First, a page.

The future of BCI research is extremely bright. The scientific community worldwide is making rapid progress in each of the above challenge areas, as demonstrated by the number of devices being invented, tested, deployed for human use, and the dramatically increasing research literature in the area of BCI. Most crucially, the rate of information transfer from human brain to computers is rapidly increasing, though in part by using more invasive technologies. Taking the step from repairing damage and restoring function to augmenting our abilities to see, hear, move or think is a dramatic one, and one with major ethical and moral implications. Devices to restore and enhance memory are already being tested, and our growing understanding of how memories are encoded and retrieved give dim glimpses of how information might be transferred from computer storage to human consciousness, though this type of application seems far off now. Augmentation of strength, perhaps reducible to mechanical design once appropriate control is established, seems much less challenging by comparison. What seems most clear is that the pace of advancement in these areas is accelerating. That BCI research will eventually transition from plasticity and repair to augmentation is not in doubt. It is imperative that we think carefully about how and where, scientifically, this shift should take place, and how we might best guide this process.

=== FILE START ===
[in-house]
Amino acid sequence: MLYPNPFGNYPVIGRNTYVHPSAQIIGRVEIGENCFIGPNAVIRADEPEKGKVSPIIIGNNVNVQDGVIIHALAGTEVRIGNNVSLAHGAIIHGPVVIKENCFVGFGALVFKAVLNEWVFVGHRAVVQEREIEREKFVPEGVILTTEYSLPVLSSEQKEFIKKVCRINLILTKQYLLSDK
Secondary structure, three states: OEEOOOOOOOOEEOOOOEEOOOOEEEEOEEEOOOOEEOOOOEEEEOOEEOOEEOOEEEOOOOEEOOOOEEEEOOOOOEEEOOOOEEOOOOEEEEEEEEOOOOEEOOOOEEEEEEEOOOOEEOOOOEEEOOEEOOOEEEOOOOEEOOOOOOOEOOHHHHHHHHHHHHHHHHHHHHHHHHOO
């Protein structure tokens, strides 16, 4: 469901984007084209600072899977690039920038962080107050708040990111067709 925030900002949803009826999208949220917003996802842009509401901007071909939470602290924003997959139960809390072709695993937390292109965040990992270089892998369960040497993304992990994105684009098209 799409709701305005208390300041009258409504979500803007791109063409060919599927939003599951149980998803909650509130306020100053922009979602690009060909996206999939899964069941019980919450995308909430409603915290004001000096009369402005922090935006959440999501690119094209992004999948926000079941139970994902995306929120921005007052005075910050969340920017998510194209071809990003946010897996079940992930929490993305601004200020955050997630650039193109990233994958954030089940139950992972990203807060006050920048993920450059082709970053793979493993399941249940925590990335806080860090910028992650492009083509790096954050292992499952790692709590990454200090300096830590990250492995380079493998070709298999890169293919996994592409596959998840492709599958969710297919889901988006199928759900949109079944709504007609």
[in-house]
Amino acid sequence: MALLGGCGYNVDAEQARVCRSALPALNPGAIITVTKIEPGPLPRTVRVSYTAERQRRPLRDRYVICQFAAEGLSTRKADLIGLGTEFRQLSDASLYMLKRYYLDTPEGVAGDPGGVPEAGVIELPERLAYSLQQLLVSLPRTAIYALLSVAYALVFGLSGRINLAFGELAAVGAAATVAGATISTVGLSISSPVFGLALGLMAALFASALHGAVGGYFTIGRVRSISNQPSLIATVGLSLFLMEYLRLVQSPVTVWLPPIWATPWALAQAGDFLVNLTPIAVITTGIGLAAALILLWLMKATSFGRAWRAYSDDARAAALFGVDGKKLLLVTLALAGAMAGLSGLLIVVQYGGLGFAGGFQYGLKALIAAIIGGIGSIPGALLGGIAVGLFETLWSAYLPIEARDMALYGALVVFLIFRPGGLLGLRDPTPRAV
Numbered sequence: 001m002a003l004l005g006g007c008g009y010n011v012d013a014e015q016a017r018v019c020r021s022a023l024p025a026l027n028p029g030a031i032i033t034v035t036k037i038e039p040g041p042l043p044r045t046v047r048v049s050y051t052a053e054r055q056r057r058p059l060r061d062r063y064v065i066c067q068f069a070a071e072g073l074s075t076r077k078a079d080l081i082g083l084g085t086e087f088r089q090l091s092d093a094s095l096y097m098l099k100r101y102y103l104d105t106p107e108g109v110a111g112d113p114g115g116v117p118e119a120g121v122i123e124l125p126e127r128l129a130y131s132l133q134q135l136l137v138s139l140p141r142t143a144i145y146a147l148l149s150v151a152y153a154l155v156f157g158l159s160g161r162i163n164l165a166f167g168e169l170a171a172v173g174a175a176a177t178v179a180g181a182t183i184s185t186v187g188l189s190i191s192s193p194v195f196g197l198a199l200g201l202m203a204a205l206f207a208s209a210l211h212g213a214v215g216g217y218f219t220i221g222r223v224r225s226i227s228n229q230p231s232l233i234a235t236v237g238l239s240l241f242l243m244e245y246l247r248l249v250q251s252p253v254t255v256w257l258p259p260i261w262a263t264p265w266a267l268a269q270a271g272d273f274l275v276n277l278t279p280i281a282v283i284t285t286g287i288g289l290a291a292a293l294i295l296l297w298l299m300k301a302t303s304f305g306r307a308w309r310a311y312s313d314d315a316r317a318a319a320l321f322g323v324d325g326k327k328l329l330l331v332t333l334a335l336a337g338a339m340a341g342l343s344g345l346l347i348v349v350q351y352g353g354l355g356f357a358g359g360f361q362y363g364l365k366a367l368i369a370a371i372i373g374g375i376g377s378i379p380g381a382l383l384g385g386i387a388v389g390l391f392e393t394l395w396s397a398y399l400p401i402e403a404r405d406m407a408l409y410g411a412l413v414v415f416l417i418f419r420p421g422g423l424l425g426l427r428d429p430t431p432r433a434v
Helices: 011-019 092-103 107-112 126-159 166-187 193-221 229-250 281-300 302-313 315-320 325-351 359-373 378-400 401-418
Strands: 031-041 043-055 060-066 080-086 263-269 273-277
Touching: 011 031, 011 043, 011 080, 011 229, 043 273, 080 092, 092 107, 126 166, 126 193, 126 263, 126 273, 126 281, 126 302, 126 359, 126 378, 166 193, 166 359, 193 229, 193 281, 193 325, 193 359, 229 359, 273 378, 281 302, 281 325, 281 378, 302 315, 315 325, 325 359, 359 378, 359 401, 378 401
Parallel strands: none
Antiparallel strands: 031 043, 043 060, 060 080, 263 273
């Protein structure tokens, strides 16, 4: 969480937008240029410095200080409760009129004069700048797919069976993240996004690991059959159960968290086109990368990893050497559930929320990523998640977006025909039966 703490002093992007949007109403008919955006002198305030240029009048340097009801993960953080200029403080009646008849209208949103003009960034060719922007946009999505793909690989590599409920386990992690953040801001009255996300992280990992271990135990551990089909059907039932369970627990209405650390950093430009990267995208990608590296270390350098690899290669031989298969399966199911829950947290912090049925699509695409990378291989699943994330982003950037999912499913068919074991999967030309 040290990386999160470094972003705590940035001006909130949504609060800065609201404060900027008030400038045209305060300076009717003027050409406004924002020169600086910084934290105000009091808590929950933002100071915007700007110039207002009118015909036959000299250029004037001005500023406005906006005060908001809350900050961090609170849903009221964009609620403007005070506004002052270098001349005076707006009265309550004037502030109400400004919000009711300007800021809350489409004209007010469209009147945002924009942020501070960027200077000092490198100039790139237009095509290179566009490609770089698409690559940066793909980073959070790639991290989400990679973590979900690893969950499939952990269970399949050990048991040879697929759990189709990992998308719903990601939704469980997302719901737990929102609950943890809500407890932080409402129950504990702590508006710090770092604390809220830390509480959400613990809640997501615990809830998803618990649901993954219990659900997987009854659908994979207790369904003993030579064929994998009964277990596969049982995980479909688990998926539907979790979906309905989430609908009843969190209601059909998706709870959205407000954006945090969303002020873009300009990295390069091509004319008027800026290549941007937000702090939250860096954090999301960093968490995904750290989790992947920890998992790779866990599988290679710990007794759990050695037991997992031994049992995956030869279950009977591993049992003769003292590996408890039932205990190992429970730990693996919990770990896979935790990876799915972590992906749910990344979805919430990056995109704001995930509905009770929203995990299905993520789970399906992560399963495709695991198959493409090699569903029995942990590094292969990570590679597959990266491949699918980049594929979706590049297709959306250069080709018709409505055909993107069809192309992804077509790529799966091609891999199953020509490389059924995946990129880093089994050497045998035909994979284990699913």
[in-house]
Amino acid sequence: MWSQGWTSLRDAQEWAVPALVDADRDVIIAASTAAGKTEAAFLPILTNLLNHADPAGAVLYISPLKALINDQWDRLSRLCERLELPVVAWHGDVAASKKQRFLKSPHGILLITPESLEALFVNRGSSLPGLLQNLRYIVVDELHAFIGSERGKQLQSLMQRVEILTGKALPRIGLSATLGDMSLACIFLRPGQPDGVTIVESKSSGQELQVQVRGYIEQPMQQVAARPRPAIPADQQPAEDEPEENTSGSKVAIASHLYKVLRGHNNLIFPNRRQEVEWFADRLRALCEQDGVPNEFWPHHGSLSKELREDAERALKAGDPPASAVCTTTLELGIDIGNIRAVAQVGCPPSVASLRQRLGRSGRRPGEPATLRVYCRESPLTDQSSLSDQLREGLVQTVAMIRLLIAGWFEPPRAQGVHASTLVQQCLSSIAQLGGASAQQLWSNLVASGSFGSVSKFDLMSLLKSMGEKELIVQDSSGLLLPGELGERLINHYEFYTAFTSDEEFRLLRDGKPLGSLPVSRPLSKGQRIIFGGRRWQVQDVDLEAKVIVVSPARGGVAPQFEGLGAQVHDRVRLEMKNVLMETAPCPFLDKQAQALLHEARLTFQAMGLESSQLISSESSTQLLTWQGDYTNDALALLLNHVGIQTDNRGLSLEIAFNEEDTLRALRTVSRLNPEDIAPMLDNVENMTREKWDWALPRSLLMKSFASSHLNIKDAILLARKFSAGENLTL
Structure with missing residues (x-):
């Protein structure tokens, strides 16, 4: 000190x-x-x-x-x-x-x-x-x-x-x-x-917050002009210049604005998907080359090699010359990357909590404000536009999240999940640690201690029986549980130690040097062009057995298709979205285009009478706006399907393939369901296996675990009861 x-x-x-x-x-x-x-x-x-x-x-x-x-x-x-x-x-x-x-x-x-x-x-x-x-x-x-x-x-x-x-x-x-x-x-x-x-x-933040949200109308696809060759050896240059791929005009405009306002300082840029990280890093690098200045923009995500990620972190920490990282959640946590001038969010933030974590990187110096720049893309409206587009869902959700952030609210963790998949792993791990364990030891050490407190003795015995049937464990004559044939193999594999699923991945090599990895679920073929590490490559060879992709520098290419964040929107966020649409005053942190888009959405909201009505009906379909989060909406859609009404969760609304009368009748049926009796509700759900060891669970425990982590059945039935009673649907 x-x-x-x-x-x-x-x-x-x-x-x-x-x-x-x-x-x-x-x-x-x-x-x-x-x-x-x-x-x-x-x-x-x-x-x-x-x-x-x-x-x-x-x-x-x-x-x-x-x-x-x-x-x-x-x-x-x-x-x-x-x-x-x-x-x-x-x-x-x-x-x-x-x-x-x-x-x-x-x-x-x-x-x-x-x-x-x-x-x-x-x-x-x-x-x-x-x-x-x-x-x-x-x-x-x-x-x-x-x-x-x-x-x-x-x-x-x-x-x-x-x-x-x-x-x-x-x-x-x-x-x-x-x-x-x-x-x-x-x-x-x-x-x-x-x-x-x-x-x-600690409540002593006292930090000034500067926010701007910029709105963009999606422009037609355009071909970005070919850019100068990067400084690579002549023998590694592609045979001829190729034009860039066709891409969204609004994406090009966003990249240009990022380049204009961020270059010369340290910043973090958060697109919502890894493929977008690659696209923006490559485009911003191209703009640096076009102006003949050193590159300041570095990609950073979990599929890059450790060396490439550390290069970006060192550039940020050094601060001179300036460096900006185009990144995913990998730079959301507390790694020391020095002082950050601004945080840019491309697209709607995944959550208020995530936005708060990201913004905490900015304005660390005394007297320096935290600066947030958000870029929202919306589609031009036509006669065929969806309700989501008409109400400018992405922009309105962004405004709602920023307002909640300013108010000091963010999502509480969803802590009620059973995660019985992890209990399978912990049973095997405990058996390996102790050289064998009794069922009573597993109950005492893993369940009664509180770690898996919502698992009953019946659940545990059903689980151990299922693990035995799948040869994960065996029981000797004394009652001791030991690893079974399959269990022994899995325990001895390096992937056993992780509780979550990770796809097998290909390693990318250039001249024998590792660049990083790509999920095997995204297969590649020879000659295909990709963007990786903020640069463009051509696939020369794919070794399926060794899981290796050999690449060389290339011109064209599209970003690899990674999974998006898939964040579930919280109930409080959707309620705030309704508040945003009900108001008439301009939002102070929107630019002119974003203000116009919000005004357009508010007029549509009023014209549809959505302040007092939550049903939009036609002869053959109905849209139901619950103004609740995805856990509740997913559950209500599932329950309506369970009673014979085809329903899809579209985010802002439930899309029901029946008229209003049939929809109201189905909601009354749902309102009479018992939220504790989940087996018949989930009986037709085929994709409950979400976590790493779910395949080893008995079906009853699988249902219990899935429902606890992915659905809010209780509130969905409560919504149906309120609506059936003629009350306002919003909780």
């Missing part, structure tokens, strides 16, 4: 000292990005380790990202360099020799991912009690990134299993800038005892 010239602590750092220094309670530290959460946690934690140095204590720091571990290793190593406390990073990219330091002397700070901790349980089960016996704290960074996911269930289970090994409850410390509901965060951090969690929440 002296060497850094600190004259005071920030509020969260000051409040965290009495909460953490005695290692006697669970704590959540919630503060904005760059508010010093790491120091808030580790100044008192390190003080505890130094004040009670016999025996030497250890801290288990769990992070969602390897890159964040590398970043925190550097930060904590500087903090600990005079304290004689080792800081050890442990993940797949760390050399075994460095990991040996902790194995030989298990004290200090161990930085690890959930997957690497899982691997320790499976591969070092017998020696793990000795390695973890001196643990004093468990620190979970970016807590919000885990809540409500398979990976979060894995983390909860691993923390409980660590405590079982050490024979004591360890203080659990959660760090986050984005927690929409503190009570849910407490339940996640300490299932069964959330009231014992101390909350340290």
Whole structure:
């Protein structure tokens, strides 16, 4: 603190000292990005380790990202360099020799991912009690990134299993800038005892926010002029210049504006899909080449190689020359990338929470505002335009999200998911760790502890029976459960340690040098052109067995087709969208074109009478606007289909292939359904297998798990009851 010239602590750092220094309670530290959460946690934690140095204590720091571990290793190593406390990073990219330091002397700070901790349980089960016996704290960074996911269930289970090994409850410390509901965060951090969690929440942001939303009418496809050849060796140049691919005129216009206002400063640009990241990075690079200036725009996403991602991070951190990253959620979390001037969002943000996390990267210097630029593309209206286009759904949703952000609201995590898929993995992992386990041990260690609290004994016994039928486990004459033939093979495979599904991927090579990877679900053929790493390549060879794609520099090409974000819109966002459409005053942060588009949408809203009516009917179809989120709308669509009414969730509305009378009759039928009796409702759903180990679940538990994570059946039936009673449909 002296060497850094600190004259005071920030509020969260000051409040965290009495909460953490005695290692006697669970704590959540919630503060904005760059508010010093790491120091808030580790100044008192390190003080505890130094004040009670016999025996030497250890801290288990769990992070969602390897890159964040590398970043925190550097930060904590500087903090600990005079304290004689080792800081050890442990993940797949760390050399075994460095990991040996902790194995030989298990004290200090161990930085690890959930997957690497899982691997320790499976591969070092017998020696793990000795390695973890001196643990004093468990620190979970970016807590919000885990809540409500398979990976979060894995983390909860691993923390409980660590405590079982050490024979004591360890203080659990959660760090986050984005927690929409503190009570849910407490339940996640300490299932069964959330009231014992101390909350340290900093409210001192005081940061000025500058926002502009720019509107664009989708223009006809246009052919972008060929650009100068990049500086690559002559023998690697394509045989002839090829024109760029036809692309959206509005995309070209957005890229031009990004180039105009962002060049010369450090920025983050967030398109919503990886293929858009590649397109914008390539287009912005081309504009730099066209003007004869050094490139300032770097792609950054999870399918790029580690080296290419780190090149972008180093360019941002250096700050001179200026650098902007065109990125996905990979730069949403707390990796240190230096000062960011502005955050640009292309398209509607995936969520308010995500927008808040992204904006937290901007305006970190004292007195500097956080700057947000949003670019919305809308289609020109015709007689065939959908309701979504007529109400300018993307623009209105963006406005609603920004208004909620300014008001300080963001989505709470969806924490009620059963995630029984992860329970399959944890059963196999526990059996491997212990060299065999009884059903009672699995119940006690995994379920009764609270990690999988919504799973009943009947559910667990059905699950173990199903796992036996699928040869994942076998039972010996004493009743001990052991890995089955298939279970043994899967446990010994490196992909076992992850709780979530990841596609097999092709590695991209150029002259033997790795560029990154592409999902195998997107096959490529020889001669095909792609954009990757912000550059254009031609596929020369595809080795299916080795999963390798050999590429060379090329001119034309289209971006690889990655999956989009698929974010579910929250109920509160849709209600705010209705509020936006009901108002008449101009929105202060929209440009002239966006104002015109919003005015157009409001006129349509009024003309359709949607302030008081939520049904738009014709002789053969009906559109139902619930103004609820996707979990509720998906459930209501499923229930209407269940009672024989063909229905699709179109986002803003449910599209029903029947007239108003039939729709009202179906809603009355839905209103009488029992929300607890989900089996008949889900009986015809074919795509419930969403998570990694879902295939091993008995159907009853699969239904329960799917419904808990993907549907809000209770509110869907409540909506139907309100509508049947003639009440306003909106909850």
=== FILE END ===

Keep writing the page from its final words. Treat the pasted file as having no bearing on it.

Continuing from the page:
Classify

One vs two way (open or closed loop)
invasive (non,partial, very) bandwidth
spatial scale (topology, degrees of freedom)
temporal scale (precision)


Applications

treat disease (parkinsons, epilepsy...)>
Compensate
hearing, vision, fate, artificial limbs
Restore/Repair
Augment
Memory, speed, attention, perception, processing


Levels of Organization
Neuron, cortical columns, nuclei, functional networks, cortical regions


Afferent BCIs

Map the network
choose the connection site
inject a signal (MUST contain information)
neuroplasticity interprets over time
Performance, - f (information quality, accessibility, bandwidth...)

Cochlear Ear Implants
Need to know the hearing pathways of the brain
Alan alda Science show had examples of the sound from 1, 4, 16 and 22 channels for cochlear implant.
Visual implants

Data rates : 25 bits/min in 2000 and about 50 bits/min now.
higher rates with invasive implanted arrays

The latest work is to use silicon nanostrips (the tops of computer chips are sliced off) placed on flexible substrates to get to 20 micron devices. Increasing the resolution of the interfaces. 720 channels on the brain.
Also, new silk electronics that is 2.5 microns thick and can improve the signal strength.

The higher resolution shows that epilepsy is effecting a cloud of cortical columns and not the entire golf ball sized area of the brain.

We can get to detailed mamory map of memory networks
we could create learning during sleep. Dreams currently have playback of memories at 6-8 times faster speed.
We can enhance learning and brain plasticity.

We could eventually archive intelligence and personality